The data lists all completed stadiums in Europe with a capacity of at least 25,000. It includes all-seater and mixed seated and terrace grounds. There are 293 stadiums listed across 38 countries.
Ireland is leading the way quite dramatically in the number of stadiums for its size. There is a 25,000-capacity stadium for every 311,000 people in the Republic of Ireland. This compares to one for every 1.3m people n England, 1.3m people in Scotland, 1.9m people in Spain, 2.2m people in Germany, 2.3m people in Italy, and 3.5m people in France. Even compared to other small countries, Ireland is exceptional.
It is also notable that the second lowest ratio is in Northern Ireland which has 3 stadiums with more than 25,000 capacity which means there is one for every 604,000 people. One of those grounds (The Oval in Belfast) technically has a capacity in excess of 25,000 but for health reasons this is currently capped at just under 6,000.
What is striking about the Irish experience (North and South) is that the stadiums are predominantly not used for football. Football stadiums dominate in Europe. For example, in England 6 of the 41 stadiums are not football grounds - though that includes the Olympic Stadum in London which will shortly become the home ground of West Ham. A similar proportion of the grounds in Spain, Germany and France are also football stadiums. In Ireland none of the stadiums (with the exception of the previously mentioned Oval) are used predominantly for football. The Aviva Stadium in Dublin hosts international football matches and Thomond Park is currently used by local League of Ireland team, Limerick FC, until a new (small) ground is completed. The remaining grounds are owned by the GAA, the sporting body for hurling and gaelic football. This is an amateur sporting body in that the players are not paid, but in administration the sports are far from amateur.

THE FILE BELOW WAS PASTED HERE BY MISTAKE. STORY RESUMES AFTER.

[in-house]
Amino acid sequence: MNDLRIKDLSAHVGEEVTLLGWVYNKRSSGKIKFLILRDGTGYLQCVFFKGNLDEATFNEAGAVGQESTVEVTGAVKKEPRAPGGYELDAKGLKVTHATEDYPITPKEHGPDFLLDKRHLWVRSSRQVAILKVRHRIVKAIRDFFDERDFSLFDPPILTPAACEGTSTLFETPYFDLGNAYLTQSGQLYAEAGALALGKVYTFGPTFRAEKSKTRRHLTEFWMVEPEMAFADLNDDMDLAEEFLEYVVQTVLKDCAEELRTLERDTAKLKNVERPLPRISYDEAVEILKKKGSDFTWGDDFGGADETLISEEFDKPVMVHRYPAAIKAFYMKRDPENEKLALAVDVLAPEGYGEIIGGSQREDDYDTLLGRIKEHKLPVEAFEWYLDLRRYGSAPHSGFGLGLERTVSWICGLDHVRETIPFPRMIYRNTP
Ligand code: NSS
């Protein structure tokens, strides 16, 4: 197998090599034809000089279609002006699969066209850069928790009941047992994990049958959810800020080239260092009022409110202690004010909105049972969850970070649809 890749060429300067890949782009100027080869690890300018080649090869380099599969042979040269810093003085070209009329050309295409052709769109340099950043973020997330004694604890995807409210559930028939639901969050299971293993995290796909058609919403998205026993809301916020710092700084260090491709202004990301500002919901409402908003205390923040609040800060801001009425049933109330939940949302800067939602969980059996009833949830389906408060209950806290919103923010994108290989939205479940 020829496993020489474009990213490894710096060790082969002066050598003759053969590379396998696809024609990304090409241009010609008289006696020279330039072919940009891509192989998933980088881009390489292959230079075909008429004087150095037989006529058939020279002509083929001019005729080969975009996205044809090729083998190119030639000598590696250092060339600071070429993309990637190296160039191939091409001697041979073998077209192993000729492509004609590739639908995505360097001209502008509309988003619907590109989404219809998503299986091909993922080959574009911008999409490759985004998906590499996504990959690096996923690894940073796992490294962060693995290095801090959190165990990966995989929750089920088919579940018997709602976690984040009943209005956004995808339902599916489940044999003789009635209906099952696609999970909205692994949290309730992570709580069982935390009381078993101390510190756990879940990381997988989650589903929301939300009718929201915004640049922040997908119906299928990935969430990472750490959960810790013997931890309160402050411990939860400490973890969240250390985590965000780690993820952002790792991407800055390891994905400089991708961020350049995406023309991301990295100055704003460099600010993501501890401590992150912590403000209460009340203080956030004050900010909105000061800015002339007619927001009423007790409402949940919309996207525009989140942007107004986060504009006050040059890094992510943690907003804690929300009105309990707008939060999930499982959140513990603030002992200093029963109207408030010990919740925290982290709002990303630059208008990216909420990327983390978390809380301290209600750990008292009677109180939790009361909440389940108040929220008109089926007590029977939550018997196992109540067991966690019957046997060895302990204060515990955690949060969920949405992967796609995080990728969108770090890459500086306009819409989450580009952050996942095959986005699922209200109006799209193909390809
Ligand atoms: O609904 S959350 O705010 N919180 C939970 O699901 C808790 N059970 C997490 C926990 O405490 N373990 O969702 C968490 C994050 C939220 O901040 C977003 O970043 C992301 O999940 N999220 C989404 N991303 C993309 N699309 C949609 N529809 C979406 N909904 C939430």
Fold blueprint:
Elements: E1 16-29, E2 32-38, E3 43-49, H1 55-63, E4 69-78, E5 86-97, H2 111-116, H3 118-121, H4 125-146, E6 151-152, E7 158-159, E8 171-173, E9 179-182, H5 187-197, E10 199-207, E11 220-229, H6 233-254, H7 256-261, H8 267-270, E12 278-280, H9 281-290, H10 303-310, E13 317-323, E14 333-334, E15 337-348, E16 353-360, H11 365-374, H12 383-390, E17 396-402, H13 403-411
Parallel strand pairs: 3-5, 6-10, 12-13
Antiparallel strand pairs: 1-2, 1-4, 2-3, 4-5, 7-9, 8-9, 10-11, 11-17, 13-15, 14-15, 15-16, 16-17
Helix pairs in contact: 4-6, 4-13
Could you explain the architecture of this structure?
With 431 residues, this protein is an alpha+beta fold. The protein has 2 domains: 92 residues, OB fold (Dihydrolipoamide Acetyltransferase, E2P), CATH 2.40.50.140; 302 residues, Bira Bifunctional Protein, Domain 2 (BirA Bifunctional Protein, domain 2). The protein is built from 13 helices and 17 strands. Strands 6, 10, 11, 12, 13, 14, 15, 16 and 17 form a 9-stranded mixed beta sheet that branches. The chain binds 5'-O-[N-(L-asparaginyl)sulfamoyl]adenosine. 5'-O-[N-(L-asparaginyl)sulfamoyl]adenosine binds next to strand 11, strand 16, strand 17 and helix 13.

Currently, Pairc Ui Chaoimh in Cork is being redeveloped at a cost of €70m (of which €30 is due to come from the state). It is very questionable whether such an investment is a good use of public funds. Particularly where these stadiums are rarely at capacity. It seems each county's desire to out-do rivals is the primary source of this pork spending.
Also, the achievement of the GAA demonstrates what can be done when players don't need to be compensated. There is a famous quote attributed to Alan Sugar, then chairman of Spurs and satellite dish manufacturer Amstrad, when the first Sky television deal was agreed. He is reported to have said that it didn't matter how much the clubs received from the deals with the broadcaster because it would all be pissed away on players wages. The GAA don't have that problem.